(1686 and republished in 1706, and with an introduction by S. W. Cornish in 1842), Compton published his charges in 1694, 1696, and 1701. He also drew up a prayer-book for Christ's Hospital (1705). Three letters addressed by Compton to Strype are printed from Cole's MS. (lii. 479-85) in the Camden Society's 'Letters of Eminent Literary Men,' 190-2; the first, dated 21 Feb. 1684-5, communicates the form of an address for the London clergy to present to James II on his accession; the second, dated January 1689, bids the clergy to lay before the people the blessings of the revolution; and the third, dated 20 Nov. 1701, strongly recommends to the electors of Essex two ardent protestant candidates, Sir Charles Barrington and Mr. Bullock. Others of Compton's letters are printed in Macpherson's 'Original Papers' and in Dalrymple's 'Memoirs.'
Compton has some claim to rank as a botanist. He planted his grounds at Fulham with 'a greater variety of curious exotic plants and trees than had at the time been collected in any garden in England' (Watson). John Ray, in his 'History of Plants' (1688), chap, xi., describes fifteen rare plants from Compton's specimens; and Plukenet, Petiver, Hermann, and Commelin all acknowledged Compton's assistance in botanical investigation. Petiver engraved many specimens from Fulham, and quotes in his ' Museum ' from a book in his possession which he calls ' Codex Comptoniensis.' In 1761 Sir William Watson published in the 'Philosophical Transactions,' xlvii. 241-7, an account of Compton's garden, and describes thirty-three of his exotics. Compton obtained most of his rare plants from correspondents in North America (Pulteney, Botanical Sketches, ii. 105-7, 302).
Burnet always writes of Compton as a weak man and easily influenced by others. 'His preaching,' he says, 'was without much life or learning, for he had not gone through his studies with that exactness which was fitting.' Hearne and Evelyn were of the same opinion. James II complained that his military training unfitted him for the clerical profession, and that ' he talked more like a colonel than a bishop.' He was not a great prelate. He was always ambitious of preferment, and disappointments on this score were capable of influencing his political partisanship. His protestant zeal proved at a great crisis superior to his private interests, but neither the tolerance he displayed in his dealings with protestant dissenters nor his practical benevolence ever quite concealed his defects of temper and intellect.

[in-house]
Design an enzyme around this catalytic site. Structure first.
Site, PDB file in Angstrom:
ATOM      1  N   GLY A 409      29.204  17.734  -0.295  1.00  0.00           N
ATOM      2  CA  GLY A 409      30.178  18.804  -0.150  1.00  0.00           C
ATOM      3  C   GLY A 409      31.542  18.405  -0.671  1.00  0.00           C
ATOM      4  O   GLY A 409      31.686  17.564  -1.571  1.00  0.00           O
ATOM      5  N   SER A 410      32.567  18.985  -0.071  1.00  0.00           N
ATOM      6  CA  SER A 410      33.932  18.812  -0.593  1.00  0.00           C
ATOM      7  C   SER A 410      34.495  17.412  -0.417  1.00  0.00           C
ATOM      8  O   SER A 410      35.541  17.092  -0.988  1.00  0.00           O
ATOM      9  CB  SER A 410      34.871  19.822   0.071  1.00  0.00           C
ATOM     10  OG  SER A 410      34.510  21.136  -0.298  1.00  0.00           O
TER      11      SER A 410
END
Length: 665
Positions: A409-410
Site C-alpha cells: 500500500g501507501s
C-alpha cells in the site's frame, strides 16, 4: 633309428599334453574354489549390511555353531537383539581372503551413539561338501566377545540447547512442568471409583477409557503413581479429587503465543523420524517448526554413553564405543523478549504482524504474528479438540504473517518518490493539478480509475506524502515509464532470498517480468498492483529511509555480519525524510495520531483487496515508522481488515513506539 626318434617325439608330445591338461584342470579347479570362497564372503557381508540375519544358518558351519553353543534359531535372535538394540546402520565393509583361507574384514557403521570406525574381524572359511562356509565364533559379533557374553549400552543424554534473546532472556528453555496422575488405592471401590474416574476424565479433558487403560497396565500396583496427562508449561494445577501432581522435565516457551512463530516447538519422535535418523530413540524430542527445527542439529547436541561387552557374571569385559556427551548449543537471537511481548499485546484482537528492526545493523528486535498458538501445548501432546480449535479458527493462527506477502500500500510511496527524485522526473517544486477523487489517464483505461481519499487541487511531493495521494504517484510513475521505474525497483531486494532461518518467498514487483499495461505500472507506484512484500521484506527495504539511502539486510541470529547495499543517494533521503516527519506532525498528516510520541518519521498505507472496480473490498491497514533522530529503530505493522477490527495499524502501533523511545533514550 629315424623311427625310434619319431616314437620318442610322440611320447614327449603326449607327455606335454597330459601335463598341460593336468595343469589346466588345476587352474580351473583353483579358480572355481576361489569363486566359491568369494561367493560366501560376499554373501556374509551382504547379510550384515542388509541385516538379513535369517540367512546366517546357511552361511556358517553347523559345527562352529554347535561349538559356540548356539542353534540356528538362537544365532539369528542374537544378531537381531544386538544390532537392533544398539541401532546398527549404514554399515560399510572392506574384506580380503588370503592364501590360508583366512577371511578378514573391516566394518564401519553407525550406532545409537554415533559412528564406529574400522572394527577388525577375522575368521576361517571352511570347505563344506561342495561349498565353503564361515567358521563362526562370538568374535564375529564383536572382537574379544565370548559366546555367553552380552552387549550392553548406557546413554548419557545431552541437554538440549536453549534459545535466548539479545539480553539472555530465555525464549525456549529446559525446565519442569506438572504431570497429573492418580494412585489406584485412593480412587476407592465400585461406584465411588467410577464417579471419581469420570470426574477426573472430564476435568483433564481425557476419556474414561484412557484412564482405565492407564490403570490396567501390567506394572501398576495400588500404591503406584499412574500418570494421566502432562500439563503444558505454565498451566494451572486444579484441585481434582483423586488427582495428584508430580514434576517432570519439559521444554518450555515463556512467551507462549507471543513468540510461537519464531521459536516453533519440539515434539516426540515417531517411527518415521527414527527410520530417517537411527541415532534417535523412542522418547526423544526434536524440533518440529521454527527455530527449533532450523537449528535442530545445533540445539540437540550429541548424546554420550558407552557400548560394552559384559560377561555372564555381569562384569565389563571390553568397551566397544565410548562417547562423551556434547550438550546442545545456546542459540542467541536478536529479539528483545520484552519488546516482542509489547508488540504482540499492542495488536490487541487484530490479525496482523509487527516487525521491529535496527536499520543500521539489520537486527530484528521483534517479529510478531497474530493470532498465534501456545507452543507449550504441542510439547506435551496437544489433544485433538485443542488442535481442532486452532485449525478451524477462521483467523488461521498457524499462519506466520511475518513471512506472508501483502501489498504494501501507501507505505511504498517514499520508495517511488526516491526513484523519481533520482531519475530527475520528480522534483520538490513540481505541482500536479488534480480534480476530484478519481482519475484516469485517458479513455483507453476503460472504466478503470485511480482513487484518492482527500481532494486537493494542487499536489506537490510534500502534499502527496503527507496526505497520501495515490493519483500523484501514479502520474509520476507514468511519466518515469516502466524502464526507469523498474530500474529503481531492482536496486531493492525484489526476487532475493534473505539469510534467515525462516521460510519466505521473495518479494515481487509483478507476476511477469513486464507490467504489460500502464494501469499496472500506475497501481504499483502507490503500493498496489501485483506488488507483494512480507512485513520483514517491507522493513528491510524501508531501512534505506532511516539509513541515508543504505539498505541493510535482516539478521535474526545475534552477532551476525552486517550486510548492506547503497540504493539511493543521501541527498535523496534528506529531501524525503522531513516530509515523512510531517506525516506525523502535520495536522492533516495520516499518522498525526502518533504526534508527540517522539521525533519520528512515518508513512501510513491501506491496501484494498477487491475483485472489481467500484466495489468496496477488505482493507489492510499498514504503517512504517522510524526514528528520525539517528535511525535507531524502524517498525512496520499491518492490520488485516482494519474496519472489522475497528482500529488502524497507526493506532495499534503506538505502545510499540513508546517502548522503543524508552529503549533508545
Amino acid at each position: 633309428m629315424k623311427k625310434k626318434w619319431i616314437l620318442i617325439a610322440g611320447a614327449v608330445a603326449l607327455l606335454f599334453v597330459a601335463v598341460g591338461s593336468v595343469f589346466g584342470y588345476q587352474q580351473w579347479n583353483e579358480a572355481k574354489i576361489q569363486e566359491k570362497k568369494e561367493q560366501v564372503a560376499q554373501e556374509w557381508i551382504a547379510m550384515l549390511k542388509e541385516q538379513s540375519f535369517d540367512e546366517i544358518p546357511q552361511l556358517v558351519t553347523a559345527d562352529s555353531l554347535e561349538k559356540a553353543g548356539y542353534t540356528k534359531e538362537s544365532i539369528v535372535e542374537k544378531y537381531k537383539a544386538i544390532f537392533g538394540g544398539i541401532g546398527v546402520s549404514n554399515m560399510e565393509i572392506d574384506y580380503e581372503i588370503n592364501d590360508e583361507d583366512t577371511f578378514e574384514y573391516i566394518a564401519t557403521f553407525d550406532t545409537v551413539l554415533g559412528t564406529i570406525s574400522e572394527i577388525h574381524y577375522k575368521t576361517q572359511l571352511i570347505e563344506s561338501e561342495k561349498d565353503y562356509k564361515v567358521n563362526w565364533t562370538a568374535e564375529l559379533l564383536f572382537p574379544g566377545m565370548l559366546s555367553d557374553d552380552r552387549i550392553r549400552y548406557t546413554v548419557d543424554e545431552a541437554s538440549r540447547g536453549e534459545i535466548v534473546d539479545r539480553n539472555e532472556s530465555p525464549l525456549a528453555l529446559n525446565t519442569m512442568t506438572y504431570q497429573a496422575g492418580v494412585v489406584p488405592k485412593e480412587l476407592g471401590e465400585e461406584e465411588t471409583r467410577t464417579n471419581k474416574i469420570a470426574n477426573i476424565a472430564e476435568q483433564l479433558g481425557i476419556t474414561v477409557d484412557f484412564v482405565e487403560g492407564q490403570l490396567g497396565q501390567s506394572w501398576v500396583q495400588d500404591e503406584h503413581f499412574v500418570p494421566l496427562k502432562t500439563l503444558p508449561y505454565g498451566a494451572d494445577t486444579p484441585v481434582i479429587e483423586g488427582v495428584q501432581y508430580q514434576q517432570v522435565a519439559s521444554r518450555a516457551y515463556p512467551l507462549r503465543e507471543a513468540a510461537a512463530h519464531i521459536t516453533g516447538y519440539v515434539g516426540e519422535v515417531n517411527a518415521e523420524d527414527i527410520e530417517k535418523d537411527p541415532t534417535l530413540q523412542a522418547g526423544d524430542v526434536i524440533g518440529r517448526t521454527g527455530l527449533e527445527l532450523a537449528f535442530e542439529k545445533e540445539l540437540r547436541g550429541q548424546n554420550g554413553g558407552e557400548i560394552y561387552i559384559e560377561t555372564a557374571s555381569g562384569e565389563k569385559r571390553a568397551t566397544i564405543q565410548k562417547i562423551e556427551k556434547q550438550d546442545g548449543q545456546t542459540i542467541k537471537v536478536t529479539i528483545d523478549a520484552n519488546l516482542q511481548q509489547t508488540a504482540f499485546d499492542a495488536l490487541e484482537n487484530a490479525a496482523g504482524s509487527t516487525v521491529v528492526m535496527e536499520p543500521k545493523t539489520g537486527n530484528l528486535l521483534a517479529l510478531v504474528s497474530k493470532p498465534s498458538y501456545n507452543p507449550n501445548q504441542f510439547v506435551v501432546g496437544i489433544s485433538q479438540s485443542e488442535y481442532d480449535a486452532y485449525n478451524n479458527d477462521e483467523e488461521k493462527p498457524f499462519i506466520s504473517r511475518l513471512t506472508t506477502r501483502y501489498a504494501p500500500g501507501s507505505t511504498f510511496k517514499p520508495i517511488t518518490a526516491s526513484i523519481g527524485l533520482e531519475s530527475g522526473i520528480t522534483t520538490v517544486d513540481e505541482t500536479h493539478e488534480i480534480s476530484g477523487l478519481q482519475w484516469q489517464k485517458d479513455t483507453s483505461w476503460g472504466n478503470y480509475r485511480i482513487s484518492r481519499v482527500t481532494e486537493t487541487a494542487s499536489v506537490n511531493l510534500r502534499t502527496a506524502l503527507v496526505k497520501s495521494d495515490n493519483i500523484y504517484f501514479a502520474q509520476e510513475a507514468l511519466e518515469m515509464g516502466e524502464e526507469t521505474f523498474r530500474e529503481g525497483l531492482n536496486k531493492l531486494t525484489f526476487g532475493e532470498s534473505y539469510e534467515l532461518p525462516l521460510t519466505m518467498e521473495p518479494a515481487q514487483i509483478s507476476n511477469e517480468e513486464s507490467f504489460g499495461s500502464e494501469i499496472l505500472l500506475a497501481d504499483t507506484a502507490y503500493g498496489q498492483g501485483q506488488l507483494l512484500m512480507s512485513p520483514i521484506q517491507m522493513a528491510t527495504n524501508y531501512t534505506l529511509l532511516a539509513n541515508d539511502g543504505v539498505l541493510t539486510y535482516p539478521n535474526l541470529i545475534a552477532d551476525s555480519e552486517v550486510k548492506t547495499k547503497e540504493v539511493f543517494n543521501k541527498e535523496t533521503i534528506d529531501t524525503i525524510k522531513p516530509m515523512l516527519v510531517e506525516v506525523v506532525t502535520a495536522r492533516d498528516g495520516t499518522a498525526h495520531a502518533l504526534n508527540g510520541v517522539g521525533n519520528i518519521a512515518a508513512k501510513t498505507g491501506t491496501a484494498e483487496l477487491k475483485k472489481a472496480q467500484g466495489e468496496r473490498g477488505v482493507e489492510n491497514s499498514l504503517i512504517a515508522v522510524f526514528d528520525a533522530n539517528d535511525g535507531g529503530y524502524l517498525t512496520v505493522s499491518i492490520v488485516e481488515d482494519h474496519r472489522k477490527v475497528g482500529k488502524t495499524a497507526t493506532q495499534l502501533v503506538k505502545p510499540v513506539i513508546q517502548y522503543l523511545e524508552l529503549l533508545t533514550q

Four engraved portraits of Compton are known. One by D. Loggan is dated 1679, and another, after Hargrave, by J. Simon, appeared in 1710. A third portrait by Eiley was engraved by Becket.
[An anonymous (and fairly complete) life [? by N. Salmon] was published shortly after Compton's death in 1713. Gooch's funeral sermon (1713), together with another by John Cockburn, D.D., preached at St. Martin's-in-the-Fields 19 July 1713, and a third by William Whitfield, preached at St. Martin's, Ludgate, 11 Aug. 1713, adds few details. Many pamphlets recording the proceedings of 1687 were published in that and the succeeding years. See also Wood's Athenæ Oxon. (Bliss); Le Neve's Fasti (Hardy); Kennet's Complete Hist.; Biog. Brit. (Kippis); Dalrymple's Memoirs; Macpherson's Papers; James II's Memoirs; Boyer's Queen Anne; Hickes's Memoirs of John Kettlewell, 1718; Lake's Diary in Camden Soc. Miscellany, vol. i.; Luttrell's Relation; Evelyn's Diary; Birch's Life of Tillotson; Hearne's Hist. Collections; Burnet's Own Times; Macaulay's Hist.; Ranke's Hist.; Granger's Biog. Hist.; Bromley's Cat. of Portraits; Brit. Mus. Cat.]
COMPTON, HENRY (1805–1877), comedian, whose real name was Charles Mackenzie, was born 22 March 1805 at Huntingdon. He was the sixth child of John and Elizabeth Mackenzie, the former a member of a family which has contributed to medicine one or two well-known professors, and the latter a Mrs. Symonds of Worcester. After an education at Huntingdon, and at a boarding-school at Little Baddow in Essex, he was placed in a house of business in Aldermanbury, belonging to his uncle Symonds, from which he twice ran away. His earliest histrionic attempts consisted of imitations of the 'At Homes' of Charles Mathews, with which, as with the acting of Listen, he was impressed. His first engagement, obtained through an agent, was at Lewes. He then played at Leicester as Richmond and Macduff, and after appearing at Cromer was for twelve months, under the name of Compton, which was that of a wife of his grandfather, a member of the Bedford circuit . In 1828 he is heard of in Daventry, and shortly afterwards he appeared at Hammersmith, where he sang a not very brilliant 'local song' of his own composition. Three years' experience on the Lincoln circuit was followed by a long and successful engagement on the York circuit. In Leeds he was a special favourite. His first appearance in London was at the English Opera House (Lyceum), under Bunn's management, on 24 July 1837, as Robin in the 'Waterman.' After playing successfully several parts of no great importance, he was